work to firms of solicitors for reasons of relative cost. Commencing s54 would
   allow banks, building societies, insurance and trust companies (should they wish
   to do so) to prepare papers in house. This may increase the amount of
   administrative work they do themselves, and would therefore be a factor when
   considering whether or not to offer probate services (and may be a factor for
   consumers when looking for the best price).

Risk assessment
9. The level of increased competition will be entirely dependent on the number of
   organisations that wish to offer probate services to their customers.

10. The vast majority of the 9,000 solicitors’ firms in England and Wales provide
    probate services to some extent. These firms are generally found on the high
    streets of towns and offer a wide range of services including probate. According to
    the Law Society the average solicitors’ firm in England and Wales derives around
    5-10% of their income from probate, wills and trusts work12. It should also be
    noted that a significant proportion of this 10% would be fees from trusts work that
    is not necessarily derived from probate work, and which is likely to be only
    marginally affected by the proposal.

11. The value of all probate, wills and trusts work undertaken by solicitors and their
    firms accounts for some £750m annually. Of this, we estimate that some £40m

9
  Chapter XV of the Report.
10
   The full report can be downloaded on the Department for Constitutional Affairs website at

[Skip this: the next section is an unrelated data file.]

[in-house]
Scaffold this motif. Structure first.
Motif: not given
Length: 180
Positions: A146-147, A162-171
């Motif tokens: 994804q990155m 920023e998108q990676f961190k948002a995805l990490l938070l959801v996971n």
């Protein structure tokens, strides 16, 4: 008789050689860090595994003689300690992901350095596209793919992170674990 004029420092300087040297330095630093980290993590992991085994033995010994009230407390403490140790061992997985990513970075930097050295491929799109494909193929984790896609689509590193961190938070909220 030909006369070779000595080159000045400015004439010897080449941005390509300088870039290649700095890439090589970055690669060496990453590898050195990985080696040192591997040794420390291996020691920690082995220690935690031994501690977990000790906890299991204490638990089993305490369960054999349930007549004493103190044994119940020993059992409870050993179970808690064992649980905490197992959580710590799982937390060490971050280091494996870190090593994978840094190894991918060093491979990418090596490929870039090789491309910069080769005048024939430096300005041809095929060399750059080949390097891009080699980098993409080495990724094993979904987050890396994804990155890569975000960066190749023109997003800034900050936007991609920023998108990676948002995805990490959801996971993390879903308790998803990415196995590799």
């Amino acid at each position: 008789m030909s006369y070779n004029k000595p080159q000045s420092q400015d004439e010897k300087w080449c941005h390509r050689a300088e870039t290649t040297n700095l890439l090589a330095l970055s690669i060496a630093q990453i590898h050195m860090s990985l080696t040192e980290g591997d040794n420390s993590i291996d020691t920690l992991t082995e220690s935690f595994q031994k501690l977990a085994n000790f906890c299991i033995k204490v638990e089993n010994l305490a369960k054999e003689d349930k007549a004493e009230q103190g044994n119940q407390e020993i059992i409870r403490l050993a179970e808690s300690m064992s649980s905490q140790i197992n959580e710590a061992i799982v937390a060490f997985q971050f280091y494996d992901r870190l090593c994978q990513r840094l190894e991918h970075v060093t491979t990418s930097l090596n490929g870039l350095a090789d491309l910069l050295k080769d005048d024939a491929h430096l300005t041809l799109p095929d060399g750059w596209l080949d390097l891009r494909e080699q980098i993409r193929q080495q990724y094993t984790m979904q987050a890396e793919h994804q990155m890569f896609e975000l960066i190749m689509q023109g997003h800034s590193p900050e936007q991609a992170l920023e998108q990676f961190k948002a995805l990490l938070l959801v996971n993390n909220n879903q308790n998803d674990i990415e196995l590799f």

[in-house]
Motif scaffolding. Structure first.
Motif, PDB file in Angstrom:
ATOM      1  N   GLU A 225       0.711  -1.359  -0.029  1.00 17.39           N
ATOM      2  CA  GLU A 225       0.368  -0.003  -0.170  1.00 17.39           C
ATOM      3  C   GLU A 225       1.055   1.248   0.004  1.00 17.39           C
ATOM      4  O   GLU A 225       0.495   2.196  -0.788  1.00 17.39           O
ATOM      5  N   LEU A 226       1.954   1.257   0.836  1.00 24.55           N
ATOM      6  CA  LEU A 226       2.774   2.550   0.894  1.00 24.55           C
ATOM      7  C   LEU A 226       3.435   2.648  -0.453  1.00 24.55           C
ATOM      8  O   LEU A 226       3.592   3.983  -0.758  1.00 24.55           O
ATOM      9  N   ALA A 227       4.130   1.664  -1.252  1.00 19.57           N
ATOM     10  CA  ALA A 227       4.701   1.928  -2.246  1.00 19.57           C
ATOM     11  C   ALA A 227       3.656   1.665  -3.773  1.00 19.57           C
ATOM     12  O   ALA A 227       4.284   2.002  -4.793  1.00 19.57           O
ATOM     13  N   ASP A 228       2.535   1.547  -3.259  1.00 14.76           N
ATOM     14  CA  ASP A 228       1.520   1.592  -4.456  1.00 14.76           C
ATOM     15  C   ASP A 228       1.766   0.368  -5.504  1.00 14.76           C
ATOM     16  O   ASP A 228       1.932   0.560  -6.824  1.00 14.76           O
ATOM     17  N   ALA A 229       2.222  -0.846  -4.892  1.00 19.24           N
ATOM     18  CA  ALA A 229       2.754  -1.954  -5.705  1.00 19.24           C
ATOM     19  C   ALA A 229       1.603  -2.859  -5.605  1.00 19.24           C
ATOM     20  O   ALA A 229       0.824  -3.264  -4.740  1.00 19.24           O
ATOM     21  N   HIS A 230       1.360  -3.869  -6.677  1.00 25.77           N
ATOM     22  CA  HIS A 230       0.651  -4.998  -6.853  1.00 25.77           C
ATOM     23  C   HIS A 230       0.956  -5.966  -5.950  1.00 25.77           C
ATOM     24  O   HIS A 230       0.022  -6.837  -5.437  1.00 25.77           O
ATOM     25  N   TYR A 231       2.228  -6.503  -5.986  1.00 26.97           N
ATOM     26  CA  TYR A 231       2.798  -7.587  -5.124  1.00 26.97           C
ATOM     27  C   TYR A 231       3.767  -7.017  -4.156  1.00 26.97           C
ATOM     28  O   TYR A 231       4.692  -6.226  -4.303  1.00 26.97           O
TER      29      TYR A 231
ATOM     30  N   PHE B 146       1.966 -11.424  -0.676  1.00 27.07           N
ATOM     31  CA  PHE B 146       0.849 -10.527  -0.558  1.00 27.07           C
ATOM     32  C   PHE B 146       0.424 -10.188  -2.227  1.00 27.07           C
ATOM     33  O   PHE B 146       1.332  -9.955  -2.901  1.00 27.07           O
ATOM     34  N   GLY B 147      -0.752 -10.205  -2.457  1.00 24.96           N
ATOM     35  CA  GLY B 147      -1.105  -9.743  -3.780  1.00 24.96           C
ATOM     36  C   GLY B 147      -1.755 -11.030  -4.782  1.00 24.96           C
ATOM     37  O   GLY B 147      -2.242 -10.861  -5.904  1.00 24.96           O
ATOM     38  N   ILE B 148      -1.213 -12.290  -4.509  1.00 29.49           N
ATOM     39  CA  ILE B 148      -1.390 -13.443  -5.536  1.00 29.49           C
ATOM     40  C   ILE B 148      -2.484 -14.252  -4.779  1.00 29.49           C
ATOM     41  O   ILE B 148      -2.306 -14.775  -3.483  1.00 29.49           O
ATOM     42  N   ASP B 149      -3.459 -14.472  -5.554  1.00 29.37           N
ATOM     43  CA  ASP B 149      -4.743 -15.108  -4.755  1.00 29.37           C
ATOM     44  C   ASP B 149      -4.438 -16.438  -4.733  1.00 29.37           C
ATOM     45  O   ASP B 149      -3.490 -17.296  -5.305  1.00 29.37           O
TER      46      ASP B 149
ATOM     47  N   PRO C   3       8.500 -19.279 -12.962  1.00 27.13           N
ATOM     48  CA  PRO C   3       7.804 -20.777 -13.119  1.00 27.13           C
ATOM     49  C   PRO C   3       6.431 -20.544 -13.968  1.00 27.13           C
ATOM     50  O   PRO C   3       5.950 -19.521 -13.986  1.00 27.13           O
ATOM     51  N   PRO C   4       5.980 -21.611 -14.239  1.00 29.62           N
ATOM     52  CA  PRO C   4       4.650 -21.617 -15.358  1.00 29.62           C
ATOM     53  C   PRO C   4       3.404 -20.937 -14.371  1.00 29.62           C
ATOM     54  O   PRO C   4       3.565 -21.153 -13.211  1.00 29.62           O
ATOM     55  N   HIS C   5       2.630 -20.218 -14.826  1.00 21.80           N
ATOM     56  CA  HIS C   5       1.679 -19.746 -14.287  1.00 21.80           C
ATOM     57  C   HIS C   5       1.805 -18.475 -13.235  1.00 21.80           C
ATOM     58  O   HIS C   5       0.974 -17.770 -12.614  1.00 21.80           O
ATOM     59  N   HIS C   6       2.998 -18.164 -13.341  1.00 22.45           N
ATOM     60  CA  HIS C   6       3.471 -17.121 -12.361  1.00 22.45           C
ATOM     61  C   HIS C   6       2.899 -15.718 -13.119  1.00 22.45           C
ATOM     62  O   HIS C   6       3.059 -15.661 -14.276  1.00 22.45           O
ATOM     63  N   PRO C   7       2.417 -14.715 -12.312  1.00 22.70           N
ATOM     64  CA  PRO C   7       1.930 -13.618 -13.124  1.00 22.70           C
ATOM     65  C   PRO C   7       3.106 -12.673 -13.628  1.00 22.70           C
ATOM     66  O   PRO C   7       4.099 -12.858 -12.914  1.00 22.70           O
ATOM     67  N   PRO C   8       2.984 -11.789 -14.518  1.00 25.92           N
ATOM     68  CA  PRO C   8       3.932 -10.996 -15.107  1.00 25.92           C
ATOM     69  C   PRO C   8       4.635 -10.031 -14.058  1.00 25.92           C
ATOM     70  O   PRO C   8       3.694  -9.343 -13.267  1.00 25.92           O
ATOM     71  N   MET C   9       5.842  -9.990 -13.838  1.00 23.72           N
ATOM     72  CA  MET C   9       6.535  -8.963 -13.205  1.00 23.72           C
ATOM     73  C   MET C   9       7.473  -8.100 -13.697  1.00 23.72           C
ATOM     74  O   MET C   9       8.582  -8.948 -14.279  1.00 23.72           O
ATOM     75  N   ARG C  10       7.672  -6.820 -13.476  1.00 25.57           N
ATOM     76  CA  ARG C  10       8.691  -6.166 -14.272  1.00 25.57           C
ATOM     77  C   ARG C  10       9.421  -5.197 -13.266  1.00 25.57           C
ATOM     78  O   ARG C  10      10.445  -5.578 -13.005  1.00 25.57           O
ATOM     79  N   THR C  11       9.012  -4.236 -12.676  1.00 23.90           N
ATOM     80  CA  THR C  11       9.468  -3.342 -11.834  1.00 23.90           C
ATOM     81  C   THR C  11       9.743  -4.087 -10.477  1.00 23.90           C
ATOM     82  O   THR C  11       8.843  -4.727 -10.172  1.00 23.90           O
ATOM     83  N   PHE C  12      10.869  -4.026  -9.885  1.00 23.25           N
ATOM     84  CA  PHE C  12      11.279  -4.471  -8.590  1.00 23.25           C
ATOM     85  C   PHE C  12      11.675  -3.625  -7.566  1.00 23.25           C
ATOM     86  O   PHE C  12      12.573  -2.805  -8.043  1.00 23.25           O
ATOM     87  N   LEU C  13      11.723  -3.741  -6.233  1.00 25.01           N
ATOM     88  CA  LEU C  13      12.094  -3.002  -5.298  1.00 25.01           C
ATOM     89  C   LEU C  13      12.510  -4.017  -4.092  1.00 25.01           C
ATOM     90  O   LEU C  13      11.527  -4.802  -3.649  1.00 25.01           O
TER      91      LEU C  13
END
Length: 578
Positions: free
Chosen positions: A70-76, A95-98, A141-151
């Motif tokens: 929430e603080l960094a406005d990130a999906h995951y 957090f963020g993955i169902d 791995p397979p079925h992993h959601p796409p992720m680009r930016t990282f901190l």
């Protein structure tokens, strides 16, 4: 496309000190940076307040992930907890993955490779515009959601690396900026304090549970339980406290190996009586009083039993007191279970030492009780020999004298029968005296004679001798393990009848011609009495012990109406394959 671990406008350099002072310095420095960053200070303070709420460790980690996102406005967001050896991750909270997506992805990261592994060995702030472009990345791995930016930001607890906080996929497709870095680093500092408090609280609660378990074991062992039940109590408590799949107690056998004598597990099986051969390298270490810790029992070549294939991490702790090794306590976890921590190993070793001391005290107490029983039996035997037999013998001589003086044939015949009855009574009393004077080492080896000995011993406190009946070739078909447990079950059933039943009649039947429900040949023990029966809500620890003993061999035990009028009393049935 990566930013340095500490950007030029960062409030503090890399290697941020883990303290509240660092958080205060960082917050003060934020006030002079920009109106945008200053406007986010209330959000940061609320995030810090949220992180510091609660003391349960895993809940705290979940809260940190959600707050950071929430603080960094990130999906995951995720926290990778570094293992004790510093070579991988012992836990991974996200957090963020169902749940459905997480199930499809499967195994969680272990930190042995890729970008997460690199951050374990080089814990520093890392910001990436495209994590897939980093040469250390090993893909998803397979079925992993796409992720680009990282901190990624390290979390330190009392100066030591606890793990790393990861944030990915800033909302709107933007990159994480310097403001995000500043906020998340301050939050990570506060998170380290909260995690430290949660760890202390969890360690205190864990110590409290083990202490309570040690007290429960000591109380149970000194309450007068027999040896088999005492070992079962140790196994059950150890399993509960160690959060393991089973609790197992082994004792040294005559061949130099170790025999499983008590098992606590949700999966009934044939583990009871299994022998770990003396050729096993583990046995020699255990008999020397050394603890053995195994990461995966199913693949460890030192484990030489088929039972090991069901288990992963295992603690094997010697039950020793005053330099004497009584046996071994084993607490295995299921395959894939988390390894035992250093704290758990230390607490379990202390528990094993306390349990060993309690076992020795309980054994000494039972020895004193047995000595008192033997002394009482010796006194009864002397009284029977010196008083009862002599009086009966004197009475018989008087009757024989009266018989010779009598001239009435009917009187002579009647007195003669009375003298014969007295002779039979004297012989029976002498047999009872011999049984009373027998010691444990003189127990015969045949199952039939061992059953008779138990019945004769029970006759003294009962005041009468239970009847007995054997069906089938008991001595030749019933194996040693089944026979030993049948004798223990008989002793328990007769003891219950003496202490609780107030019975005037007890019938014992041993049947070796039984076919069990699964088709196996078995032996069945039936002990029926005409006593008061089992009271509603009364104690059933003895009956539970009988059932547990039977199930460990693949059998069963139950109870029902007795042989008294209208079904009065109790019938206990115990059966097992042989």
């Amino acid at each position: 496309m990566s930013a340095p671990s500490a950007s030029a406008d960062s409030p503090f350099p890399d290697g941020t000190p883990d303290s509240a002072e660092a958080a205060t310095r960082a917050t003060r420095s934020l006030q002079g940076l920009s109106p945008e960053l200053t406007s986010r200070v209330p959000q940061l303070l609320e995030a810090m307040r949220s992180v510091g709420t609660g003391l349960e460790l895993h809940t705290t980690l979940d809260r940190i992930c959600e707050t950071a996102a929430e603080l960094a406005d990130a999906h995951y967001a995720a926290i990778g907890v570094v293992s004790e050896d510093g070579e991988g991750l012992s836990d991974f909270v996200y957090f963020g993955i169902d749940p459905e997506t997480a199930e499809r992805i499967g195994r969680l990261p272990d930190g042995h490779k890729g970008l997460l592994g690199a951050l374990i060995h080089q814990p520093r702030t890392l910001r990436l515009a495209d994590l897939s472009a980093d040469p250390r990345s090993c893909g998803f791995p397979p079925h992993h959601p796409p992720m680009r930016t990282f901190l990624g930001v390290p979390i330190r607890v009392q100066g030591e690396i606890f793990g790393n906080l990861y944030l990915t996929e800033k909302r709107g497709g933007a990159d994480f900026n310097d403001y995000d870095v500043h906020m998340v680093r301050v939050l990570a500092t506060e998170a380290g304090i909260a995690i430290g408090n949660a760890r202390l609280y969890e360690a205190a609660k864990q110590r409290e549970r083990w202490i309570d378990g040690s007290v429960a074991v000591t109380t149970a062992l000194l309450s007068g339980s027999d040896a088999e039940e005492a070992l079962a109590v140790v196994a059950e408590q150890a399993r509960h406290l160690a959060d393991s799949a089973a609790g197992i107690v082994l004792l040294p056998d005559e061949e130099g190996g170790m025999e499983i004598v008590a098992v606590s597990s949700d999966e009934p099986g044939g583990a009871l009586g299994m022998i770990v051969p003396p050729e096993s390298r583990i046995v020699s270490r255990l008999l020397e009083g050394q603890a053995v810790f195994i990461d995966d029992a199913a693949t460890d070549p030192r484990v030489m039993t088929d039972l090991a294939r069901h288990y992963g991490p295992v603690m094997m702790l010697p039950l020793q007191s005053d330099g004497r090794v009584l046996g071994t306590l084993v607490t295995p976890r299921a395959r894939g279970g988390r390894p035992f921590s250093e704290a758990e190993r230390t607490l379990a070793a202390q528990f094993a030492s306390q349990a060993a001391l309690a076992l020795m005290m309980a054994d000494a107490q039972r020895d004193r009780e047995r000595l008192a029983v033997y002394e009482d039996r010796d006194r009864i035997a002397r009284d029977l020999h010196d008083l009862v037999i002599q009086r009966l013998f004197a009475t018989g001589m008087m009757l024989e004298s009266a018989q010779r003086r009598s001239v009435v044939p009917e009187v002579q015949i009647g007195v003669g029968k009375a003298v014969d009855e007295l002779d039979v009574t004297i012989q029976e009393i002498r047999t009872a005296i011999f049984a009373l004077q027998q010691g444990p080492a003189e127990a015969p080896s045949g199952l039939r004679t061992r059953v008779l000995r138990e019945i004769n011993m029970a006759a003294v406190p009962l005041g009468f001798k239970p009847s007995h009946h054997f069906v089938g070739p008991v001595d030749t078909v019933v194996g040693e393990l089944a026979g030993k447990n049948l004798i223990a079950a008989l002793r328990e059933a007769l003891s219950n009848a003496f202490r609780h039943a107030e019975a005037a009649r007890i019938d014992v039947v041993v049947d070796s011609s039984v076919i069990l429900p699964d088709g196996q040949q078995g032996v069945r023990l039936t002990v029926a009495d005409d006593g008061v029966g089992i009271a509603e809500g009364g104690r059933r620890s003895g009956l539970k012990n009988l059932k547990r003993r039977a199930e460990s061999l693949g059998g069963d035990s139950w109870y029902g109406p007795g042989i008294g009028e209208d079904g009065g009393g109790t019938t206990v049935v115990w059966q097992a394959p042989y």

http://www.dca.gov.uk/consult/general/oftrept.htm. The response to the consultation is also available
at http://www.dca.gov.uk/consult/general/oftreptconc.htm.
11
   http://www.gnn.gov.uk/gnn/national.nsf
12
   Law Society Strategic Research Unit http://www.lawsociety.org.uk/dcs/pdf/solfirm01_v2.pdf

                                                  8
                                                               Annex A RIA prepared 2004


       relates to the preparation of papers, to which the present restriction applies, and a
       further £400m comes from the associated, and often “follow on”, work of
       administering estates. Commencing s54 and s55 of the 1990 Act should have
       little effect on the administration of estates.

12. A potential risk faced by consumers may be that new providers make mistakes
    when preparing the papers required to obtain the grant of probate from the Probate
    Registry. The Government considers that the risk of mistakes being made is
    minimal, as all applications for a grant of probate are properly scrutinised by the
    Probate Registry dealing with the application. Those applications that do contain
    mistakes are returned. Once the probate market has been opened up, the Probate
    Registry will scrutinise applications, not just from solicitors and those individuals
    preparing papers on their own behalf, but also from those preparing papers for
    reward under s54 and s55 of the 1990 Act.

13. However, it should not be assumed that new entrants would necessarily make